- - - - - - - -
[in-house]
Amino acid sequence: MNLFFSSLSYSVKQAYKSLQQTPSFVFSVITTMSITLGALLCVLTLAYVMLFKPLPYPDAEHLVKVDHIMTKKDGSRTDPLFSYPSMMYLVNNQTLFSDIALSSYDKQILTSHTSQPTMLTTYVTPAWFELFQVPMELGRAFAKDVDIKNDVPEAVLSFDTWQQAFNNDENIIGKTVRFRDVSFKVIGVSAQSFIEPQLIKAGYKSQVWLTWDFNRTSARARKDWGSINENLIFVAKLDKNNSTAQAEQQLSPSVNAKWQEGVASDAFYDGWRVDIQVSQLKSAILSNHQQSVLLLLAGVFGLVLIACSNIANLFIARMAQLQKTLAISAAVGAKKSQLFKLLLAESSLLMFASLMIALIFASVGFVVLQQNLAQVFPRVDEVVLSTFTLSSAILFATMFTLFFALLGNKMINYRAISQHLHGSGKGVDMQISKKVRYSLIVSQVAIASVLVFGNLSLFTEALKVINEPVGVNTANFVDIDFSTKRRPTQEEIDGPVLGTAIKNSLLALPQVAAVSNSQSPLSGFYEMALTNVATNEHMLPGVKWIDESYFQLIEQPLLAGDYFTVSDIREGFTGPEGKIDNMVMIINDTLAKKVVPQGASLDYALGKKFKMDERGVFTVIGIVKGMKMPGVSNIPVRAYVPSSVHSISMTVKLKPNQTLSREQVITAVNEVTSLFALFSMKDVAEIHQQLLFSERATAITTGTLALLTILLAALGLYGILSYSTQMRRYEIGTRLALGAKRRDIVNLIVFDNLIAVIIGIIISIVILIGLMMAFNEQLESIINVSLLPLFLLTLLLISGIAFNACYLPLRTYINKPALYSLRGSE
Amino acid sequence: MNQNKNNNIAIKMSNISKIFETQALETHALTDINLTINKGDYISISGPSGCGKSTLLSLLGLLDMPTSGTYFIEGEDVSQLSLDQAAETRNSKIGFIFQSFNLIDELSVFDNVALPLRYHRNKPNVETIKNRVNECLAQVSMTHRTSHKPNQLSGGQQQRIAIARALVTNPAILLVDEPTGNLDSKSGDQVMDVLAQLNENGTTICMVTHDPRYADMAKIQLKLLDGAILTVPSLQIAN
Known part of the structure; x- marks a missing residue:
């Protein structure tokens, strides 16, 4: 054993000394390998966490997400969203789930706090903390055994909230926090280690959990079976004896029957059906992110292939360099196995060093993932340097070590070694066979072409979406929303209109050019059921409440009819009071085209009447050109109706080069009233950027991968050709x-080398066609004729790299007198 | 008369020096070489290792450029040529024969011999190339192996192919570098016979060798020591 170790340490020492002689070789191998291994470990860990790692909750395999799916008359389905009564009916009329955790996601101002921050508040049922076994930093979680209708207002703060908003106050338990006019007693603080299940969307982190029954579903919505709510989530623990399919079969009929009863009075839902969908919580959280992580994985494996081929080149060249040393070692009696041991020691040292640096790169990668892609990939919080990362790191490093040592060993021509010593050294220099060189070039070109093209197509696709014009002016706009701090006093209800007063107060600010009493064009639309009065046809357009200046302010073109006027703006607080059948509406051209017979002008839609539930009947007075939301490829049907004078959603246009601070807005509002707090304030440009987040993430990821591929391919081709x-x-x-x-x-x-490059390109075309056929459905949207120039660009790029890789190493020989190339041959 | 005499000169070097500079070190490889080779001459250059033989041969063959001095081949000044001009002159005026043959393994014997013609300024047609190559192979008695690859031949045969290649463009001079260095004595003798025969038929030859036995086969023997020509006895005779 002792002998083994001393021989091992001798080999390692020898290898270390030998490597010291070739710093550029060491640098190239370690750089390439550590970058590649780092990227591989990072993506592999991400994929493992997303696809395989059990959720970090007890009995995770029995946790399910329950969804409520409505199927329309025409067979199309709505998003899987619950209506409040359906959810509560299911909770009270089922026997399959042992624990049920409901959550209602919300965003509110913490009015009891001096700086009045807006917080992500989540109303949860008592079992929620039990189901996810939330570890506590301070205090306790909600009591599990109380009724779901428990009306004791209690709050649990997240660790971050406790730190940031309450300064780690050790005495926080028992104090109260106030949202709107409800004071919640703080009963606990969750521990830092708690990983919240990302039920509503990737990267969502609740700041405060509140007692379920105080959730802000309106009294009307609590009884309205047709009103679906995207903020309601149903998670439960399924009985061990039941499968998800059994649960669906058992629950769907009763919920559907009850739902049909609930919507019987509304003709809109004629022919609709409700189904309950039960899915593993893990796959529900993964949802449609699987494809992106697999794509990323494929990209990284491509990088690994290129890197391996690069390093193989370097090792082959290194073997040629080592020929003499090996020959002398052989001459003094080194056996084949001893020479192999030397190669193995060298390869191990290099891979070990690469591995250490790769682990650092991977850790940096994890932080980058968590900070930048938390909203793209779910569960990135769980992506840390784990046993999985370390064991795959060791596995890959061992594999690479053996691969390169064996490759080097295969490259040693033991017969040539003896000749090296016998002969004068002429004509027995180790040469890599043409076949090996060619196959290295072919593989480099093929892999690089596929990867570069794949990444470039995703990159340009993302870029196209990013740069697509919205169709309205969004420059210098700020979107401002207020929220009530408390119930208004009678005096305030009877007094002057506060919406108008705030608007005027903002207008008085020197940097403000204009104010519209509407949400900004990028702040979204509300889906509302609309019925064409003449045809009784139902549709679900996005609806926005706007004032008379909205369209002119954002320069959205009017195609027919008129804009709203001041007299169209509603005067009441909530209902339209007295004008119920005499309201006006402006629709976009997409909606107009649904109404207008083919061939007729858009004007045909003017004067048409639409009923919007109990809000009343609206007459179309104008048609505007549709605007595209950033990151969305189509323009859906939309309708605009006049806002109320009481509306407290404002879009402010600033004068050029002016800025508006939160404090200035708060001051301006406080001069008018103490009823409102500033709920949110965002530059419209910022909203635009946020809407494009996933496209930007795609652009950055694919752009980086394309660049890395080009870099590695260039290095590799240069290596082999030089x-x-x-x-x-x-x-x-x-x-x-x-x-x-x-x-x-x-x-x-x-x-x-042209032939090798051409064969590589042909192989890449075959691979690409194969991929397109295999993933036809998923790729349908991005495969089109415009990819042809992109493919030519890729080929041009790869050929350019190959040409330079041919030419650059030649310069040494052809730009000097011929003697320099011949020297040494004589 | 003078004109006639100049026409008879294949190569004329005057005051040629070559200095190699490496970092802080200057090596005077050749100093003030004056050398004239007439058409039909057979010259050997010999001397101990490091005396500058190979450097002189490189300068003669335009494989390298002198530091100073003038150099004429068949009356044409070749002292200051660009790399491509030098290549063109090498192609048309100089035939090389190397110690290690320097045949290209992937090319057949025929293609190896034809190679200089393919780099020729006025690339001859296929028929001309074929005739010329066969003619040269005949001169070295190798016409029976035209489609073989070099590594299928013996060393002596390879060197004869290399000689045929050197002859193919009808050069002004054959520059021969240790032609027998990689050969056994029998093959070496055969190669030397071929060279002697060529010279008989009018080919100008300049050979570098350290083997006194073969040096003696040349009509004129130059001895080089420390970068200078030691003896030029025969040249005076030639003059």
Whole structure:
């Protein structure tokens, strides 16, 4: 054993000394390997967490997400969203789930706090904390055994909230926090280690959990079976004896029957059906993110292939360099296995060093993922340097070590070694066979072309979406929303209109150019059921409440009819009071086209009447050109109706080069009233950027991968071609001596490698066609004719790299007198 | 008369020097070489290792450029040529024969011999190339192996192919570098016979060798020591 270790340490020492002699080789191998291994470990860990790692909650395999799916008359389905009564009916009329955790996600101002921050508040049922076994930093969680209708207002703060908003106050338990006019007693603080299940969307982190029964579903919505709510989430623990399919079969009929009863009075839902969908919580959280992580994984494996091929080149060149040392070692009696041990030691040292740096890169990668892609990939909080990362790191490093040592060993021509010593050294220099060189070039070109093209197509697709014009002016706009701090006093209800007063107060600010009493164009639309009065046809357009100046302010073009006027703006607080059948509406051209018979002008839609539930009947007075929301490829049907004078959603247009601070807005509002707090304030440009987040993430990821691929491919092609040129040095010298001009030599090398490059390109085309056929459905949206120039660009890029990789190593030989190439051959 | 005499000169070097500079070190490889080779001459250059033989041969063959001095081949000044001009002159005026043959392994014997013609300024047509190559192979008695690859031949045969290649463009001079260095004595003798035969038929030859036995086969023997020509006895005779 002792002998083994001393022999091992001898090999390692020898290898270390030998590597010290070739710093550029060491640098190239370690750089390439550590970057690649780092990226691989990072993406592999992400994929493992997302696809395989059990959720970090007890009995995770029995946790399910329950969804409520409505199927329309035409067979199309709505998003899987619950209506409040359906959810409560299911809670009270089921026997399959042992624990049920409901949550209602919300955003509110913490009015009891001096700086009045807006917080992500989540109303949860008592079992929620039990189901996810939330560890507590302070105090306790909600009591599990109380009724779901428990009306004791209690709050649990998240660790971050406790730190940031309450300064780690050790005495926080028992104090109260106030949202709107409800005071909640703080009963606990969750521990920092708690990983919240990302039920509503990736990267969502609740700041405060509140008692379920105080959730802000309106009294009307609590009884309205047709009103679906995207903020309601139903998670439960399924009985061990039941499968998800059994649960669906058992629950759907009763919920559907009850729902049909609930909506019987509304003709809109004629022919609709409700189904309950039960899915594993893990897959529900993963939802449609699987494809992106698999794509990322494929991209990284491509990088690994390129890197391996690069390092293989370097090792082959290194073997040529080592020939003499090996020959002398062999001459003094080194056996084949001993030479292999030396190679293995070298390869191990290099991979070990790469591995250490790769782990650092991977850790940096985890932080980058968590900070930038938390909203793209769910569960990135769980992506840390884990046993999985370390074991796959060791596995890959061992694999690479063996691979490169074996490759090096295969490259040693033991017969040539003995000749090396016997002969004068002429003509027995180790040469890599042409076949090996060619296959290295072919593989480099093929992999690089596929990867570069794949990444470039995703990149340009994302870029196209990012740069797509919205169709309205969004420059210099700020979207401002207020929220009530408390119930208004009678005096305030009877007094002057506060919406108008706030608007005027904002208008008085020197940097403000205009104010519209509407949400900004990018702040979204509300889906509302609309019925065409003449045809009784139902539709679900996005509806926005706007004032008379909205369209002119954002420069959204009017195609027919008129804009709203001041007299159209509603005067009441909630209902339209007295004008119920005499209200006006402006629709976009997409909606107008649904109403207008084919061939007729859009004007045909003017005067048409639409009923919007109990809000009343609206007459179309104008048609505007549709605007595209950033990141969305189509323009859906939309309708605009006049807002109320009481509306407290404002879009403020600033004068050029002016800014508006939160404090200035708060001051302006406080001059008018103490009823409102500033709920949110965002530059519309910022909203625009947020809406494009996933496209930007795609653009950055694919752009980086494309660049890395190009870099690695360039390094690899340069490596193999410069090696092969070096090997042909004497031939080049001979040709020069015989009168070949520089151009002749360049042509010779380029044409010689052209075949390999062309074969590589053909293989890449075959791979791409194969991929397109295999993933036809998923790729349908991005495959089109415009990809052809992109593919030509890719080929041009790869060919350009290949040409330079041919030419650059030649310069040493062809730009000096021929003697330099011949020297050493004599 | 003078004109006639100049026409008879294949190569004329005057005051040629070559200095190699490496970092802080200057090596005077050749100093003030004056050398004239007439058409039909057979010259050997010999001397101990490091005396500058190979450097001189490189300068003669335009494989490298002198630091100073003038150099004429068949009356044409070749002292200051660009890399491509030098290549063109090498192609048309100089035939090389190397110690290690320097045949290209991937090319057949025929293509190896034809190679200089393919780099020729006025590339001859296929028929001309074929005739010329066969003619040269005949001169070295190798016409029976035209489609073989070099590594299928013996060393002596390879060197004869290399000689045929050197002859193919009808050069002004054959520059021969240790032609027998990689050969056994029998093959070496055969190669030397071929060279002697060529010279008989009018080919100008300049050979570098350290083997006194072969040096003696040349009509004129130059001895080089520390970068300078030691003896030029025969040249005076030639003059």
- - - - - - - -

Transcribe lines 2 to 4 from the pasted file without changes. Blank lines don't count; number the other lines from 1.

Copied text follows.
Amino acid sequence: MNLFFSSLSYSVKQAYKSLQQTPSFVFSVITTMSITLGALLCVLTLAYVMLFKPLPYPDAEHLVKVDHIMTKKDGSRTDPLFSYPSMMYLVNNQTLFSDIALSSYDKQILTSHTSQPTMLTTYVTPAWFELFQVPMELGRAFAKDVDIKNDVPEAVLSFDTWQQAFNNDENIIGKTVRFRDVSFKVIGVSAQSFIEPQLIKAGYKSQVWLTWDFNRTSARARKDWGSINENLIFVAKLDKNNSTAQAEQQLSPSVNAKWQEGVASDAFYDGWRVDIQVSQLKSAILSNHQQSVLLLLAGVFGLVLIACSNIANLFIARMAQLQKTLAISAAVGAKKSQLFKLLLAESSLLMFASLMIALIFASVGFVVLQQNLAQVFPRVDEVVLSTFTLSSAILFATMFTLFFALLGNKMINYRAISQHLHGSGKGVDMQISKKVRYSLIVSQVAIASVLVFGNLSLFTEALKVINEPVGVNTANFVDIDFSTKRRPTQEEIDGPVLGTAIKNSLLALPQVAAVSNSQSPLSGFYEMALTNVATNEHMLPGVKWIDESYFQLIEQPLLAGDYFTVSDIREGFTGPEGKIDNMVMIINDTLAKKVVPQGASLDYALGKKFKMDERGVFTVIGIVKGMKMPGVSNIPVRAYVPSSVHSISMTVKLKPNQTLSREQVITAVNEVTSLFALFSMKDVAEIHQQLLFSERATAITTGTLALLTILLAALGLYGILSYSTQMRRYEIGTRLALGAKRRDIVNLIVFDNLIAVIIGIIISIVILIGLMMAFNEQLESIINVSLLPLFLLTLLLISGIAFNACYLPLRTYINKPALYSLRGSE
Amino acid sequence: MNQNKNNNIAIKMSNISKIFETQALETHALTDINLTINKGDYISISGPSGCGKSTLLSLLGLLDMPTSGTYFIEGEDVSQLSLDQAAETRNSKIGFIFQSFNLIDELSVFDNVALPLRYHRNKPNVETIKNRVNECLAQVSMTHRTSHKPNQLSGGQQQRIAIARALVTNPAILLVDEPTGNLDSKSGDQVMDVLAQLNENGTTICMVTHDPRYADMAKIQLKLLDGAILTVPSLQIAN
Known part of the structure; x- marks a missing residue: